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Points to ponder, Part 3
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Some time ago I started what is planned as an occasional change in format. There are always a number of issues floating around which raise important questions but which can be dealt with in less than a full column. So I thought I would try occasionally to capture a few of these “points to ponder” and explore the issues they raise to see if they strike a responsive chord.

The postal service plans to raise the cost of a first-class stamp by 2 cents. Many years ago I joined a major U.S. corporation. One of my key responsibilities covered corporate-wide strategic planning.

As timing would have it, the day I joined was the day that the first of the group vice presidents was scheduled to present his plan to the board. His group had serious financial problems and had been losing increasing sums of money with each passing year. His job was on the line. I was enthralled and impressed by the data he had at his command and the coherence of his analysis as he made the convincing argument that his main challenge was due to cheap imports from abroad. Each time foreign competitors cut prices, his volume plummeted and his losses soared.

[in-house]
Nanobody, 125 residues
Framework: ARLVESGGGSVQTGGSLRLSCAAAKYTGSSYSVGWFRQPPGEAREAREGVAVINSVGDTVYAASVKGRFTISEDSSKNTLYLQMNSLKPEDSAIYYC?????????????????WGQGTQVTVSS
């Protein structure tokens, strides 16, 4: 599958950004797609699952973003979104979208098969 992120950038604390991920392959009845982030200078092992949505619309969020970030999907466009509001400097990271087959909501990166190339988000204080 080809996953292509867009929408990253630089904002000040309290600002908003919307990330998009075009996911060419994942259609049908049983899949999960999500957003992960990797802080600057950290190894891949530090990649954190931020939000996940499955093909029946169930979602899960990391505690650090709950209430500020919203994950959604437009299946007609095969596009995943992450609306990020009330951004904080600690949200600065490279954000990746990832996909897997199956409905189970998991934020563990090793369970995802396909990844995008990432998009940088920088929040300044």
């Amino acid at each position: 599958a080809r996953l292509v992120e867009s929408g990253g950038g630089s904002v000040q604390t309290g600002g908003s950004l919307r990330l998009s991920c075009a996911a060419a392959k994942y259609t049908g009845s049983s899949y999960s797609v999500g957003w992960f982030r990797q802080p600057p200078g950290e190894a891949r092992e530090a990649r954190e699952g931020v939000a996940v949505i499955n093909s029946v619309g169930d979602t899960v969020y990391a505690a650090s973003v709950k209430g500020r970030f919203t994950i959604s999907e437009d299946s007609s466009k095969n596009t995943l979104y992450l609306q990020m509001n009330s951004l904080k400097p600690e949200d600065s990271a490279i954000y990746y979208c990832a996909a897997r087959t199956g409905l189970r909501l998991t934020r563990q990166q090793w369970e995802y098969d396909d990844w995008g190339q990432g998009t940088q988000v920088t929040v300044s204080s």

I thought to myself, with people this rational, my new job would be both a pleasure and a cinch -- until I heard the wrap-up. To make up for the losses, he proposed a price increase! As the board nodded in assent, I started to get some inkling of the magnitude of the task I faced.
The concept of “price elasticity” is a measure of the percentage change in demand that occurs due to a percentage change in price. A product that is price inelastic shows little change in demand as the price goes up (usually within limits). One that is highly elastic shows big changes. It was clear in the above example (although not to many in the audience) that the products in question were highly elastic, and that any significant increase in price would make the problem worse. That’s exactly what happened.

Today, the postal service is under attack from several sources. The Internet has spawned a large number of inexpensive communication alternatives. Service levels have been cut or have deteriorated. (Recently, letters between Arizona and Georgia have taken more than 15 days in transit -- substantially more than the eight to 10 days it would have taken the post office to deliver mail an equivalent distance, from Saint Joseph, Mo., to Sacramento, Calif., in 1860 via pony express).

Private companies compete, often at higher prices, but normally offering better service. During the period from 2002-07, the post office handled annually between 95 and 98 billion pieces of first-class mail. In 2008 and 2009, the totals dropped to 92 and 84 billion respectively. Based upon the first half of the year, it looks like 2010 will be under 80 billion. Similarly, standard mail which had actually been growing during the 2002-07 period, peaked at 103 billion pieces in 2007, dropped to 99 billion in 2008 and then to 83 billion in 2009. It too will likely fall below 80 billion based upon first half 2010 results. Interestingly, 2007 was the year that the first-class rates climbed above the 40 cent level.